Jen Agg

Jen Agg and other angry restaurateurs take to social media to shut down ill-timed booze delivery service

On Dec. 4, a deal was announced by the LCBO and SkipTheDishes on a new alcohol delivery service set to commence at 15 stores. Over the weekend, an outcry from the Toronto food and beverage industry led by restaurateur Jen Agg was so loud and pointed that the plan was scuttled before the wheels were put in motion. 

The deal would have seen more than 300 wines, beer and spirits as well as other local products delivered from a local LCBO through the SkipTheDishes app or website. 

Agg, the person behind such notable restaurants as Grey Gardens, Le Swan and the now-shuttered Black Hoof, took to Twitter to vent her frustration regarding the initiative she saw as unfair to a restaurant industry already devastated by the COVID-19 pandemic.



The tweet, sent at 10:50 a.m. on Dec. 6, was echoed by many others with similar statements of anger and frustration, questioning how the provincial government could be so blind to the situation restaurants are facing.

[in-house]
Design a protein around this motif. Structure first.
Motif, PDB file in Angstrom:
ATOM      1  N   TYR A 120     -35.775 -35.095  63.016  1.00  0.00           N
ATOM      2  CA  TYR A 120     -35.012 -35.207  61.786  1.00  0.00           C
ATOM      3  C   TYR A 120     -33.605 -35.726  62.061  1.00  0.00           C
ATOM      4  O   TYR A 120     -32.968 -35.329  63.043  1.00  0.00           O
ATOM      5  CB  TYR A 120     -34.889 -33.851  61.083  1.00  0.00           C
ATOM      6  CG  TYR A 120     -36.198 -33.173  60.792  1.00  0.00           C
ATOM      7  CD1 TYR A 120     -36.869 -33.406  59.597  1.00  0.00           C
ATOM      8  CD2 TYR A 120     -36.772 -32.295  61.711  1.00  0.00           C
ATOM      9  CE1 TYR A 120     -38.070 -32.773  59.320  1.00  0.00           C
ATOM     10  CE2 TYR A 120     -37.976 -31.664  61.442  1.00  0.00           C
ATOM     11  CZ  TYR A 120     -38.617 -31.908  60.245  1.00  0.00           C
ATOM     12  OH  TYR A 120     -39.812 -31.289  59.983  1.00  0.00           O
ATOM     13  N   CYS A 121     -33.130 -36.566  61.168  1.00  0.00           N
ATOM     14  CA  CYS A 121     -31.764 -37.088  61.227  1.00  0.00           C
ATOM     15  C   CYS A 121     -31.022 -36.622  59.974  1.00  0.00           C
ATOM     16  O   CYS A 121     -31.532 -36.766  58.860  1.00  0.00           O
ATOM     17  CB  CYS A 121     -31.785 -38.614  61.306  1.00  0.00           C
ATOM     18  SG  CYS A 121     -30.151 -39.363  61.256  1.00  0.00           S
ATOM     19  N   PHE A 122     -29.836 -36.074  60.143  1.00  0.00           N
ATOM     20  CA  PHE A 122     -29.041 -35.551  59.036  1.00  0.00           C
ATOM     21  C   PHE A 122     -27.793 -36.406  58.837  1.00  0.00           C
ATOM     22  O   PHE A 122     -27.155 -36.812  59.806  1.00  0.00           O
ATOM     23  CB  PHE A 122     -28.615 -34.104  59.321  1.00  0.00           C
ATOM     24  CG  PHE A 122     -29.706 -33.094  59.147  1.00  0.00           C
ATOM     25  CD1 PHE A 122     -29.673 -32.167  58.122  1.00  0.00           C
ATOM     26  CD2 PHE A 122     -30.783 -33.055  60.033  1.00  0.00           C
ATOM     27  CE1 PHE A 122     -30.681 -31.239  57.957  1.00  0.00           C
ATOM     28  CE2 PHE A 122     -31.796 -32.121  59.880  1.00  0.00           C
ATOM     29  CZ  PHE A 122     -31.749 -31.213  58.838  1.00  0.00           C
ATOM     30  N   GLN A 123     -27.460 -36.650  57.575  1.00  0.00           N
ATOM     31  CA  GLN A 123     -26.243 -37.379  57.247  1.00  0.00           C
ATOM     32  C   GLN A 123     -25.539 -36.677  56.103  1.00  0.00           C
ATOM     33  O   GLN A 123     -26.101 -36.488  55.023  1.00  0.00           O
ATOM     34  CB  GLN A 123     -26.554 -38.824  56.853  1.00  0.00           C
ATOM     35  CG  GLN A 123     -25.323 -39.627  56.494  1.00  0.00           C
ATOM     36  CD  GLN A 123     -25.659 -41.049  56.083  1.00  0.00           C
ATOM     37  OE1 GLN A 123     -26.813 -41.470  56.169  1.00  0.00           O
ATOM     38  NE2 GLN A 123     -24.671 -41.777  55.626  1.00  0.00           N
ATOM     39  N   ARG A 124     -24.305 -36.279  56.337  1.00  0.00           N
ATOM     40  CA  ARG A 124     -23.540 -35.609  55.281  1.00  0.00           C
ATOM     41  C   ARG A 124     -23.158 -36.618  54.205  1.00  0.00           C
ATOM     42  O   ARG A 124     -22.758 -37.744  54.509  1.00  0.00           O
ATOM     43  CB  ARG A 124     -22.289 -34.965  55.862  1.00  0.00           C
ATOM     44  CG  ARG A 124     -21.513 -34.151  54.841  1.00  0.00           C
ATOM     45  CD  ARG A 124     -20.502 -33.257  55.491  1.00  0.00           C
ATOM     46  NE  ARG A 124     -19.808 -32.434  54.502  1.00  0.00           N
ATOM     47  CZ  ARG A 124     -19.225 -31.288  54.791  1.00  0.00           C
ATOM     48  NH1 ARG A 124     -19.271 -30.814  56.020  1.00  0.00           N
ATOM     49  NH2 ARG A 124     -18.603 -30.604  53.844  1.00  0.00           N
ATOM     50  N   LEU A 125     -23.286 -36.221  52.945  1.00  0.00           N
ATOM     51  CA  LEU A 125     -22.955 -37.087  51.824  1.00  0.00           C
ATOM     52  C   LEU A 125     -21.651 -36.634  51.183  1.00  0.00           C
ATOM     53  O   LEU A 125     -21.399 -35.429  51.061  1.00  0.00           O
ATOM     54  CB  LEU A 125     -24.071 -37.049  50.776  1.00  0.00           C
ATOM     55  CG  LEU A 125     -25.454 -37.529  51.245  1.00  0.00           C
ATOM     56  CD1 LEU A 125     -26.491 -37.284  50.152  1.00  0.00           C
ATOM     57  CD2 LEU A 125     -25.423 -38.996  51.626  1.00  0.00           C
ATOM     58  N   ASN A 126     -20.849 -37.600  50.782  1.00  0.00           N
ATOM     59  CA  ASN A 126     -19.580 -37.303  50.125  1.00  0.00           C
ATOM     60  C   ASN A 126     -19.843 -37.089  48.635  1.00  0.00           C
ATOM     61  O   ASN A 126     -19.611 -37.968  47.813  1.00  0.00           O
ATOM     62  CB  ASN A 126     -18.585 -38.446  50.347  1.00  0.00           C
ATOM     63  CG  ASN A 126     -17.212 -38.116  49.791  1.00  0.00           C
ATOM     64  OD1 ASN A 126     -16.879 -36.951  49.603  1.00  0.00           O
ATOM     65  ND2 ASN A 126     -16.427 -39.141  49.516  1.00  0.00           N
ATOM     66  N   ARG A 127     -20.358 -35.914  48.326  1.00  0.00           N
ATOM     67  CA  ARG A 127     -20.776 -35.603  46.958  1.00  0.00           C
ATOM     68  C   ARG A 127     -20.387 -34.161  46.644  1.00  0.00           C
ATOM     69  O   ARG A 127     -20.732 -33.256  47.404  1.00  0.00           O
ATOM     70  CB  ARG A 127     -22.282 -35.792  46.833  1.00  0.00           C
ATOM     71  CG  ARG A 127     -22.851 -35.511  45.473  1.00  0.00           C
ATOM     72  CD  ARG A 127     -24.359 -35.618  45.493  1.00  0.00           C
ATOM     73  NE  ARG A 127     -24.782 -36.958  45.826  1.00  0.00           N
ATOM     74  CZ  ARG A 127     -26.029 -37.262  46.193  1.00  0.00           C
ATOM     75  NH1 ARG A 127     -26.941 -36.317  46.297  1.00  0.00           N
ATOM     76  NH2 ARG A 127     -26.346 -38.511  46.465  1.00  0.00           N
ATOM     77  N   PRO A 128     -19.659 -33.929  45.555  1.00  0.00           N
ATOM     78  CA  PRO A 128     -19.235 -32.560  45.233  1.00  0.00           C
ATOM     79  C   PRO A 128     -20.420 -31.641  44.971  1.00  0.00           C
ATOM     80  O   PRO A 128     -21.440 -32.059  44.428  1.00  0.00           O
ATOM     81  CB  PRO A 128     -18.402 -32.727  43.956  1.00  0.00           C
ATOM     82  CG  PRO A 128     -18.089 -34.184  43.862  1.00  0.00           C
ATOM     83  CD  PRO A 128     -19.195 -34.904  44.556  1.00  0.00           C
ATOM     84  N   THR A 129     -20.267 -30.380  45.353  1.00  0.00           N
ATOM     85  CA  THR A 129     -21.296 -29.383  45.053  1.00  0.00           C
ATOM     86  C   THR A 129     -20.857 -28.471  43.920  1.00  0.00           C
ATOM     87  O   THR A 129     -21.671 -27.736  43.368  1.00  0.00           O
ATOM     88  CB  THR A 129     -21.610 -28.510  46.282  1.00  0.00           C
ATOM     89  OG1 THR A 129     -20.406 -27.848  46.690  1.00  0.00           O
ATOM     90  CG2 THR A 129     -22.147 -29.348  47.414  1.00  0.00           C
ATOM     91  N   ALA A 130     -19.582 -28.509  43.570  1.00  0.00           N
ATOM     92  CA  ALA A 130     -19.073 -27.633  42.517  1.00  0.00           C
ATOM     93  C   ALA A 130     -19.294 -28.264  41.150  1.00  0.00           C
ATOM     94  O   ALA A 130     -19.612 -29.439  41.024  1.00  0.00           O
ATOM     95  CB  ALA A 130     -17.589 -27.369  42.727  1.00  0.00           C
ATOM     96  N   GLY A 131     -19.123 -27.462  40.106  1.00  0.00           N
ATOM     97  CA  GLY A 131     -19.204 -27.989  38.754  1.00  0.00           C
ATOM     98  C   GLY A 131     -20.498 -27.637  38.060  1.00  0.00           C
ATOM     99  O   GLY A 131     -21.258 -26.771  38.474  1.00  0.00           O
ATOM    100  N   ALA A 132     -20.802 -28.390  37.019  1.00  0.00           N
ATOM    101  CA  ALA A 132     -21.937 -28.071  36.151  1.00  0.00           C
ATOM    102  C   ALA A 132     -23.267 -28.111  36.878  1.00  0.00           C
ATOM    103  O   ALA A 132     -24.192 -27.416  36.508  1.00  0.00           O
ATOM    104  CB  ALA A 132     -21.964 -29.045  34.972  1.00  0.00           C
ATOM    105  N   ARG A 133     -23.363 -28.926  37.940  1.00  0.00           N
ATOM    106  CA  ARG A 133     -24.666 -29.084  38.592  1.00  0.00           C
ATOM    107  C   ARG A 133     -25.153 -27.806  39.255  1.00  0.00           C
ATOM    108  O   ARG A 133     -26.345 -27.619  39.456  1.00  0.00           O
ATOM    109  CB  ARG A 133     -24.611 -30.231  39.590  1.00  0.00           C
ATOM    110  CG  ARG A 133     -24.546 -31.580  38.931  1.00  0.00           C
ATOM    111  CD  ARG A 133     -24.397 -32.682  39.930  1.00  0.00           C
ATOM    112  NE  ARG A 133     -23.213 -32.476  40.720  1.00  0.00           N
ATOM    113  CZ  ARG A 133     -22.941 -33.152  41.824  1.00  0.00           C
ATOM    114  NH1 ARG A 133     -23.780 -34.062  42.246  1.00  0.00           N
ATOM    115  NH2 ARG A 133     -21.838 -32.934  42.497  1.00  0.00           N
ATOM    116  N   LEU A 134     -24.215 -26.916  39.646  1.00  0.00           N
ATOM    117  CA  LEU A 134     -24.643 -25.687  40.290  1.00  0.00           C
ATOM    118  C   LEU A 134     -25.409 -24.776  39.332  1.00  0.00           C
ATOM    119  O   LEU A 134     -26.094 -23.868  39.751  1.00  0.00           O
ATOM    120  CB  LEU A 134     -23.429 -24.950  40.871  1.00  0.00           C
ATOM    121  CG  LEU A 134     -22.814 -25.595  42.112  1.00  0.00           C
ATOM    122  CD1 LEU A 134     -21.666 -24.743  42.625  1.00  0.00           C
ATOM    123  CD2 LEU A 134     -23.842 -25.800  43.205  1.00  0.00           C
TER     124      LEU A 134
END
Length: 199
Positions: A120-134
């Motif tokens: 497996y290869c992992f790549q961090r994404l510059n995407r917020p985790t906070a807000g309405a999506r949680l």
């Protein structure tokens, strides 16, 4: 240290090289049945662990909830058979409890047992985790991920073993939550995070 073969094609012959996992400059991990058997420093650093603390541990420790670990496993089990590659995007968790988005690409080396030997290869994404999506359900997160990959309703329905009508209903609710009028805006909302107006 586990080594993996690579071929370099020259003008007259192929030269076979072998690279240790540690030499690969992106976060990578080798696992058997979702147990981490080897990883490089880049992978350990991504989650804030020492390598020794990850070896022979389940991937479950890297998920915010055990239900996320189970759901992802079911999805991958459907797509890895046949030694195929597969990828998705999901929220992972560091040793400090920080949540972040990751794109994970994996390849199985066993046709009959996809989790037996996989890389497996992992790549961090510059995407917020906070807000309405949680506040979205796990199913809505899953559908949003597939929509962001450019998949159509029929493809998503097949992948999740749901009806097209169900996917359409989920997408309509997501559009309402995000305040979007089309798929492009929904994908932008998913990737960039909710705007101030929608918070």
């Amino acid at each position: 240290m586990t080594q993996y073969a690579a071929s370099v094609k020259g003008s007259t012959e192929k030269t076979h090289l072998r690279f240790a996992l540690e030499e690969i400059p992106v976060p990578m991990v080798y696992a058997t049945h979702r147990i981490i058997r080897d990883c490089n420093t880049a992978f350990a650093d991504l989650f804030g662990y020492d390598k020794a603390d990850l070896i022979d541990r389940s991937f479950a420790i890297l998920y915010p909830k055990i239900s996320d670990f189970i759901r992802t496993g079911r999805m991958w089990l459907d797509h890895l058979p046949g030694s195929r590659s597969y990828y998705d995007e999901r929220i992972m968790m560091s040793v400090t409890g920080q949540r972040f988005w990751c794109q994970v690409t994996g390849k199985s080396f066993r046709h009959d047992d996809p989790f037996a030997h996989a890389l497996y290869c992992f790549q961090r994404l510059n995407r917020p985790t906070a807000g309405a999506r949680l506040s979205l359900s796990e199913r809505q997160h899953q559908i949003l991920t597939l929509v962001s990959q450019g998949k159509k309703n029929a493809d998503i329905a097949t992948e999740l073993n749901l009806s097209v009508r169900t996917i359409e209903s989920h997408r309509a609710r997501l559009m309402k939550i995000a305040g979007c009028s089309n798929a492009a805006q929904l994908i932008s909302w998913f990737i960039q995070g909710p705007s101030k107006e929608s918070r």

A few short hours later, the LCBO issued a statement on social media that the provincial government was pulling the plug on the short-lived and, apparently, ill-timed venture.



Throughout the lockdown and since last spring, restaurants have been able to offer alcoholic beverages via takeout and delivery, which has been one move that has actually helped the many still hanging on.

After the news, Agg once again took to social media to express her appreciation for the speed and volume of the protest that resulted in the province’s about-face.

“Obviously tons of people opposed this dumb ass, deeply hurtful partnership but WOW the power of loudly opposing!! To see it work is so heartening,” she wrote.

 The Toronto restaurant industry continues to suffer through the lockdown. Recently, there has been a move to cap delivery fees charged by third-party delivery apps such as Uber Eats. The move will help struggling restaurants, which were all forced to close indoor dining during the second Toronto lockdown that began two weeks ago.

The question remains why the provincial government didn’t take the Toronto restaurant industry into consideration when proposing such a move.